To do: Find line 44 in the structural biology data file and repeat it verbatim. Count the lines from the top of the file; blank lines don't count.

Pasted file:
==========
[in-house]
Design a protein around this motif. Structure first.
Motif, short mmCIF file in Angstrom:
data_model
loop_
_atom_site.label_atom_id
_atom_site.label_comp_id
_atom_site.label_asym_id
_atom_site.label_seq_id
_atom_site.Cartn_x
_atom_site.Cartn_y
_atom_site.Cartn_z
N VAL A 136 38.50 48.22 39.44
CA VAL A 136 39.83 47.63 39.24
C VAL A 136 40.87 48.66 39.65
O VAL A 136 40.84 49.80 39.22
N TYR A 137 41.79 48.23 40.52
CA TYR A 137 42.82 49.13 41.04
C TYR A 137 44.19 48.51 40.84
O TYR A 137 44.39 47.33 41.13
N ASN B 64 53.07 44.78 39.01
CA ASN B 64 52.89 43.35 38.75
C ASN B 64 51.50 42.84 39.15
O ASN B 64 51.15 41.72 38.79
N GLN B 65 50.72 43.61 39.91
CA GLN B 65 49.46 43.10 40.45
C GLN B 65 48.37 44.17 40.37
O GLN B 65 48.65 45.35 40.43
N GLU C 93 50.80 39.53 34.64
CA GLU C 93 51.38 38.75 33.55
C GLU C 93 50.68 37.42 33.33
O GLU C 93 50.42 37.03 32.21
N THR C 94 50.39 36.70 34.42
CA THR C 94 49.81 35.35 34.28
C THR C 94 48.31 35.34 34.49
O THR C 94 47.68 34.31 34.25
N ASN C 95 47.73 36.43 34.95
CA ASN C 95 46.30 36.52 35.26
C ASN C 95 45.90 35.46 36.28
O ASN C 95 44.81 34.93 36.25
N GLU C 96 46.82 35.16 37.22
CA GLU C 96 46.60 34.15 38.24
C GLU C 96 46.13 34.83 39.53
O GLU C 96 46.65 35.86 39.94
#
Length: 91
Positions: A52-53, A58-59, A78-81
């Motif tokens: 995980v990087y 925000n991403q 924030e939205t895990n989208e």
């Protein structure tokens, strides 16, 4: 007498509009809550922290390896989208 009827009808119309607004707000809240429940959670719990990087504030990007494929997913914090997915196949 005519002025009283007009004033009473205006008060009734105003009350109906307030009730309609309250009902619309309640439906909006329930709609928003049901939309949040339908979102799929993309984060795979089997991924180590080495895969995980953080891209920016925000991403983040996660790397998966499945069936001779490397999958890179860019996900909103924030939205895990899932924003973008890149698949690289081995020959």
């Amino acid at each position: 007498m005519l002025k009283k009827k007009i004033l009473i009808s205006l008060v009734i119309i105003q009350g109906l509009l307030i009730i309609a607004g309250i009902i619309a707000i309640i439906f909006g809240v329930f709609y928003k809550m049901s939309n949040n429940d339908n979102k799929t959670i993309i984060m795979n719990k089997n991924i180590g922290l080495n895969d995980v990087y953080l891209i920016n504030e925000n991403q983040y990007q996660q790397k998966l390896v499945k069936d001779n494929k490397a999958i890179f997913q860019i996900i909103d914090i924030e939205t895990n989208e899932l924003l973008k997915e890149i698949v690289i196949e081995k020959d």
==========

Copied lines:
O GLU C 96 46.65 35.86 39.94